"We are going to focus on LIFE for Katya. I believe, one day, she will amaze the world."

Dr. Ben Carson on Katya Dueck

Wednesday, October 17, 2012

One of THOSE Moments . . .


According to the teacher, who I emailed back and forth with today, this kindergartner is a troubled boy with a "lot of issues". The school is doing what they can to work with him, but his issues have seemed to bring out the worst in Katya previously, and they have clashed a lot. (Umm, yeah, given the chip on his shoulder towards her right from the start of the year, I'm sure!) They generally try to just keep them separate. The teacher was out of the classroom today (the para had her back turned to the whole incident this morning and was more in the middle of the group so she didn't hear it) but she will take it up with him tomorrow. When I pointed out that some empathy training might help this young man, the teacher assured me that they teach empathy and take it very seriously. I asked to be kept appraised of the situation (nothing has been said to me previously about this one particular child and Katya having huge issues, so I'm feeling like I was left out of the loop and am not very happy about that). I will check up on it periodically, and will be alert when taking her to school for any thing coming from him OR from her.

No, Katya does not have a 1 on 1 aide and yes, I believe that it would be helpful if she did. However, the school has not seen fit to provide one for her and she has to share a para with 24 other kids.

We really appreciate all the support and comments and feedback you all have left! Thank you!! We read and consider them all!!

This morning when I dropped Katya off at school, she walked into the gym with a happy, pleasant look on her face, and stood close to the boy on the end of the row of bleachers they are supposed to sit on. There was no room for her to sit down there, and besides, all the kids were standing getting ready for the pledge at that second.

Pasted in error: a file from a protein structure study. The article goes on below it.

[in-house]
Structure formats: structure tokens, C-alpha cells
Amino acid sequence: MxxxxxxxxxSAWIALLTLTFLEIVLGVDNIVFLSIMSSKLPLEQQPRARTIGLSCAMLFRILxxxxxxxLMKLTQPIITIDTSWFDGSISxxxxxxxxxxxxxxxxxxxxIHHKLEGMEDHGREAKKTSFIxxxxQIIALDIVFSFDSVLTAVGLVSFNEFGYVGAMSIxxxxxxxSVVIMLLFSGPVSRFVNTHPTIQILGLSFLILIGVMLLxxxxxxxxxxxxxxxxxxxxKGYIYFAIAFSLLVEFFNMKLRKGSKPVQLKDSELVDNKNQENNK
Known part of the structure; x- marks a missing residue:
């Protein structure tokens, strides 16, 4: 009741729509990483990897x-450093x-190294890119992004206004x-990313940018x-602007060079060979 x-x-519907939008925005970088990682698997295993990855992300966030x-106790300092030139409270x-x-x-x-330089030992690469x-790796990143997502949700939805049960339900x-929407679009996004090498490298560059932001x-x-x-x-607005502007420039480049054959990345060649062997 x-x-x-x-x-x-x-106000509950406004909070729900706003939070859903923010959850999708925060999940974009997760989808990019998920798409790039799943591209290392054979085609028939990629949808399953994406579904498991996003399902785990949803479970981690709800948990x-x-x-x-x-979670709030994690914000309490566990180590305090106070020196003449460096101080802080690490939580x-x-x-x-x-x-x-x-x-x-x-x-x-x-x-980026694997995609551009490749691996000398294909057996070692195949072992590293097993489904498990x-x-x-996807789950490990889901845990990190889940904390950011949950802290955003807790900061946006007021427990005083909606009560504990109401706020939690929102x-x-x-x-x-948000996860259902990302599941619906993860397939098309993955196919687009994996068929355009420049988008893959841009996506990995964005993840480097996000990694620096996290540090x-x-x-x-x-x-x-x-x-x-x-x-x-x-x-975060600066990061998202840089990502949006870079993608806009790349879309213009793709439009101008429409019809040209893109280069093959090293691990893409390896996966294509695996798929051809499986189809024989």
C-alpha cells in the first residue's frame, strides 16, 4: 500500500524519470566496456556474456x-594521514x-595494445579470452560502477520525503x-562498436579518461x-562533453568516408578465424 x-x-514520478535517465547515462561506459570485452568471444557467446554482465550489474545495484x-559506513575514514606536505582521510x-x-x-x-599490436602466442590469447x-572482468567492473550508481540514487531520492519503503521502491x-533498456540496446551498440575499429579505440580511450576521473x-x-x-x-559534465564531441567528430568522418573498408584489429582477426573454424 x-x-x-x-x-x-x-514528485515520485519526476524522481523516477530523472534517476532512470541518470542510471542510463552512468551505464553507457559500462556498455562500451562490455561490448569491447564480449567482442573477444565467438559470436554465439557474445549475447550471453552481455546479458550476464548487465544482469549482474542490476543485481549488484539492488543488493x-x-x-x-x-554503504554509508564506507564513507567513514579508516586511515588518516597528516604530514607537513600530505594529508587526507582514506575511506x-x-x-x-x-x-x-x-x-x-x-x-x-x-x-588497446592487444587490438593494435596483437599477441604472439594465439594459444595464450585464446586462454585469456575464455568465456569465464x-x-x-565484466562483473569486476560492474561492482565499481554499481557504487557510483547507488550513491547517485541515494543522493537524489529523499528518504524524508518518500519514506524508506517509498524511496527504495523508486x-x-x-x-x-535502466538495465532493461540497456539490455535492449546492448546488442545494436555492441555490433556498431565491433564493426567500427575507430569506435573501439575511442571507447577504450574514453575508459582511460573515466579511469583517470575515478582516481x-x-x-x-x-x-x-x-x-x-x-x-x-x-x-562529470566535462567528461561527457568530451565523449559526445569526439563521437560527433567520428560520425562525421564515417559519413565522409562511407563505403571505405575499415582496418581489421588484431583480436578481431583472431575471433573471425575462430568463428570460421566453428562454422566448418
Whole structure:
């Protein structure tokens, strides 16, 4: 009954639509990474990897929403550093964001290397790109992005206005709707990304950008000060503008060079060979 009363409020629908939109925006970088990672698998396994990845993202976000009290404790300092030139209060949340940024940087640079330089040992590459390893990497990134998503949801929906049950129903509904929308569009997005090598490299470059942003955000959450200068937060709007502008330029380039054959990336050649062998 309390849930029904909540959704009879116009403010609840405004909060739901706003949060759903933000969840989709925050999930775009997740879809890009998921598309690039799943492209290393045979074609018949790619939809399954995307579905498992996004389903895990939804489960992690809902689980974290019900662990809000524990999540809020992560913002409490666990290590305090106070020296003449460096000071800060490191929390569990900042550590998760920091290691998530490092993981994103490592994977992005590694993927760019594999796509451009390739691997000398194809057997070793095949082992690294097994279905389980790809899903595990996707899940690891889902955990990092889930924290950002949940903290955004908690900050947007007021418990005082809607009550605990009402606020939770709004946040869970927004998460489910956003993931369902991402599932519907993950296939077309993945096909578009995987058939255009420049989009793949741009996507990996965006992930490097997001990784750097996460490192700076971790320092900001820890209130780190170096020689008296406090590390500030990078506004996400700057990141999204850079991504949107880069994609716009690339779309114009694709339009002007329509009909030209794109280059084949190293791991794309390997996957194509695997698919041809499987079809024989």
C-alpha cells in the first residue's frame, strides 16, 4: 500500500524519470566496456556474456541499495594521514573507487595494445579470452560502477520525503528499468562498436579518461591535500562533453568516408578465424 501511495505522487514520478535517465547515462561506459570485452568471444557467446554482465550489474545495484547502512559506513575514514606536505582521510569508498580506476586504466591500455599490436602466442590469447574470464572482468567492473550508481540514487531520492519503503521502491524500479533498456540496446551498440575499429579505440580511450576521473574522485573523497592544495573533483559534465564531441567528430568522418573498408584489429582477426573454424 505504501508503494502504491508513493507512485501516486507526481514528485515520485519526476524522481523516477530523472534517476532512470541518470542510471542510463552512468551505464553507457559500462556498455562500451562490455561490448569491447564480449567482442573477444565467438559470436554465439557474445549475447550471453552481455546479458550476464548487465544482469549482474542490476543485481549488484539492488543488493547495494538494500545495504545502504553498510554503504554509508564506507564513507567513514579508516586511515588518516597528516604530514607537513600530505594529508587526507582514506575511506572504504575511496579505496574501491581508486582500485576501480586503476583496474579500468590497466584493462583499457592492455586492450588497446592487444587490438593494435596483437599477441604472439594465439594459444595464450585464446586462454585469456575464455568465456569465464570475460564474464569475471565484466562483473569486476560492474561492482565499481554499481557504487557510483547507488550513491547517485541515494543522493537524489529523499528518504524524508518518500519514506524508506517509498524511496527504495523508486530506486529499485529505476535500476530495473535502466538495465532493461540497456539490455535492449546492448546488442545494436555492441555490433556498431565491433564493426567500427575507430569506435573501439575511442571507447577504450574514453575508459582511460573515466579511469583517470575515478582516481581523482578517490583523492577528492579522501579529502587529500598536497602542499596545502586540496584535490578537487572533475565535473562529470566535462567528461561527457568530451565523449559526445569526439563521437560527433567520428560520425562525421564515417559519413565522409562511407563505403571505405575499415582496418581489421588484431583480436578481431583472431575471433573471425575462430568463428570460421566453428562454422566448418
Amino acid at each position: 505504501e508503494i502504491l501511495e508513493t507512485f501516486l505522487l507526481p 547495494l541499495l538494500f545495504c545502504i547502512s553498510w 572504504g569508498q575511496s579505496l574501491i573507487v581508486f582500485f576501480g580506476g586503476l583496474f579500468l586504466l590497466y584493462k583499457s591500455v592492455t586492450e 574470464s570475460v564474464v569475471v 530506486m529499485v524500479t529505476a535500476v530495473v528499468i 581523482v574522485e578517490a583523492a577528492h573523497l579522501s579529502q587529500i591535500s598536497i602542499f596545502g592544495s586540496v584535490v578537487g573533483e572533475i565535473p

This Kindergarten boy is one I have observed before seems to carry a chip on his young shoulders towards my daughter. This morning his chip seemed to have grown to epic proportions as he stared with a ugly look on his face towards her and snapped loudly, "KATYA! No pinching! Katya! No kicking!" No "Good Morning". No welcoming smile. And she hadn't even DONE anything to him except look at him pleasantly.

She stood there looking at him in perplexment, then moved away. He then turned and said to me in this ugly tone of voice, "WHAT'S WRONG WITH HER?!"

I simply replied, "NOTHING." And I may or may not have added, "What is wrong with you?!" I think I said that, but after I got out of there, I wasn't even sure if I had said it or just thought it!!

Fortunately, after she moved away from this boy, the little girls lovingly welcomed her and made room for her to sit with them. So all was not lost, but my Mommy heart is furious and hurting again . . . I know this is what my daughter will face in life but it's hard to see it happen right in front of my nose.

What would you have done it if it was your daughter?!


Ashley said...

Oh Hope Anne, I'm so sorry. I grew up as a disabled child too... does Katya have a 1:1 aide? It seems as though it might be helpful for situations like these. The children should *never* be tasked with reprimanding Katya, it's not healthy! Especially since they are children and will shout at her (it seems) just because the teacher allows it... I'm heartbroken for you.

Deb said...